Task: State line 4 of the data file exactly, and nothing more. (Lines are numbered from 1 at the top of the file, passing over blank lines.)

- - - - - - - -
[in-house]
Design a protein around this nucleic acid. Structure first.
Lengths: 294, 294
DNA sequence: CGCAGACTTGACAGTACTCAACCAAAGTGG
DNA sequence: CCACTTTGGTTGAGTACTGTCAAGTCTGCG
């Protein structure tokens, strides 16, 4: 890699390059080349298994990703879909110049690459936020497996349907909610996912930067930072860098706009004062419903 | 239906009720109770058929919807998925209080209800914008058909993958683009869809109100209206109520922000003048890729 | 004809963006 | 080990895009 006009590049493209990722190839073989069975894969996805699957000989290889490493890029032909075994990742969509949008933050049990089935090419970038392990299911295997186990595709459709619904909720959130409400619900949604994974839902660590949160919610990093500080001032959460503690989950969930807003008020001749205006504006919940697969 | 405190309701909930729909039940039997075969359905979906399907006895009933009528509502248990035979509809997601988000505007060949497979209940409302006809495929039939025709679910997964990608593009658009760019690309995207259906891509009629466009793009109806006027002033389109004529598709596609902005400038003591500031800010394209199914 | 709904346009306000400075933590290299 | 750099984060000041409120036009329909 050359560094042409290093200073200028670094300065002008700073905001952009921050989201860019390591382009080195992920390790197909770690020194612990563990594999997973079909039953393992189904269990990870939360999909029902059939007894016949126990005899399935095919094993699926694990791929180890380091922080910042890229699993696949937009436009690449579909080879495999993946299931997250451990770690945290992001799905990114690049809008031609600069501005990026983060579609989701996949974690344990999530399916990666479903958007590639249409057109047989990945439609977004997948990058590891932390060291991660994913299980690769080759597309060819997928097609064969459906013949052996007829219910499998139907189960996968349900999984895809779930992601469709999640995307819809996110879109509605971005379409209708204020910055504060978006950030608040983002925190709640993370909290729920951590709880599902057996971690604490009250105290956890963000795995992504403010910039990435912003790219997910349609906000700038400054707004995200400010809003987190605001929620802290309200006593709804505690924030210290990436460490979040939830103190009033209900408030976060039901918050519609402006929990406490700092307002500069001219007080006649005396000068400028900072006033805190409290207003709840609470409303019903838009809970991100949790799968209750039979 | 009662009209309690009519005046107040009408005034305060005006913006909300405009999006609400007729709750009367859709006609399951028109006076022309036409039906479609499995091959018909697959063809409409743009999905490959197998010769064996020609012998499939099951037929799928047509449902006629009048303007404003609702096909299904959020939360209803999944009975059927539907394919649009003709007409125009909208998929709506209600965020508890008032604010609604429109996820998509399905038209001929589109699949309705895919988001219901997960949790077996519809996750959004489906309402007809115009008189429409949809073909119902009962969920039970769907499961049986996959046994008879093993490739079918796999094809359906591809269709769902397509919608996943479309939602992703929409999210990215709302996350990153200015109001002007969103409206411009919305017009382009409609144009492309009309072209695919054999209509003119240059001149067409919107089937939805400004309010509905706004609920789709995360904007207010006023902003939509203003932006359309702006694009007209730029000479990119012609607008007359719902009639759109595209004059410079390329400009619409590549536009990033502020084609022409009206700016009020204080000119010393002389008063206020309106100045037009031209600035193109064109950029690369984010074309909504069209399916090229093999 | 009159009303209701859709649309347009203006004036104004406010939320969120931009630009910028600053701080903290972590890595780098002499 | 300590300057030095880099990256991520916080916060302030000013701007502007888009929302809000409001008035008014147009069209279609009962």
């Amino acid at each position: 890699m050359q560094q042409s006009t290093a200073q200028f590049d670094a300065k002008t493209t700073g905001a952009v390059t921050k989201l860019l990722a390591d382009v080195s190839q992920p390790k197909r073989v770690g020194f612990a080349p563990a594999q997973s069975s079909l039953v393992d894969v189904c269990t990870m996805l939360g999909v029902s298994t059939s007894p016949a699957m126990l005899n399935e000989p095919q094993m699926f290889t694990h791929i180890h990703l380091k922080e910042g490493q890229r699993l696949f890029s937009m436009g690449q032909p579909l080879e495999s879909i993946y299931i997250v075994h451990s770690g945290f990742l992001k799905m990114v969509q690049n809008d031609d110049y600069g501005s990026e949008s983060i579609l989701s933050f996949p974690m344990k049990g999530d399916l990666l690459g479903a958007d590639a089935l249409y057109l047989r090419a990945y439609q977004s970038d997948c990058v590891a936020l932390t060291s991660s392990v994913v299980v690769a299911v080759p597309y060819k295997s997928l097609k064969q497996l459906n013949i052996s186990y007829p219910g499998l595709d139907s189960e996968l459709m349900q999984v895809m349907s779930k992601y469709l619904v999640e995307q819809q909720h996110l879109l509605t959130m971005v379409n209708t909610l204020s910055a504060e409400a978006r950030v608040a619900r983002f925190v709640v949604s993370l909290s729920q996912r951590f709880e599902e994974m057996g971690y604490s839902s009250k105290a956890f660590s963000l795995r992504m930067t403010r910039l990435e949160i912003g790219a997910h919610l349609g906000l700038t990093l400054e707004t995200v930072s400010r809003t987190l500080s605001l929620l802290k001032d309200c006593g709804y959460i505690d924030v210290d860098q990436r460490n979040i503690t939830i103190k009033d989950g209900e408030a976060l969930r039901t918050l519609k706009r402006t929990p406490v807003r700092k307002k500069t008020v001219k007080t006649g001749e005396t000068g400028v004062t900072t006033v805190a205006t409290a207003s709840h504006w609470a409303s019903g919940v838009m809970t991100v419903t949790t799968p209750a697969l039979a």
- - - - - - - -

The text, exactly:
DNA sequence: CGCAGACTTGACAGTACTCAACCAAAGTGG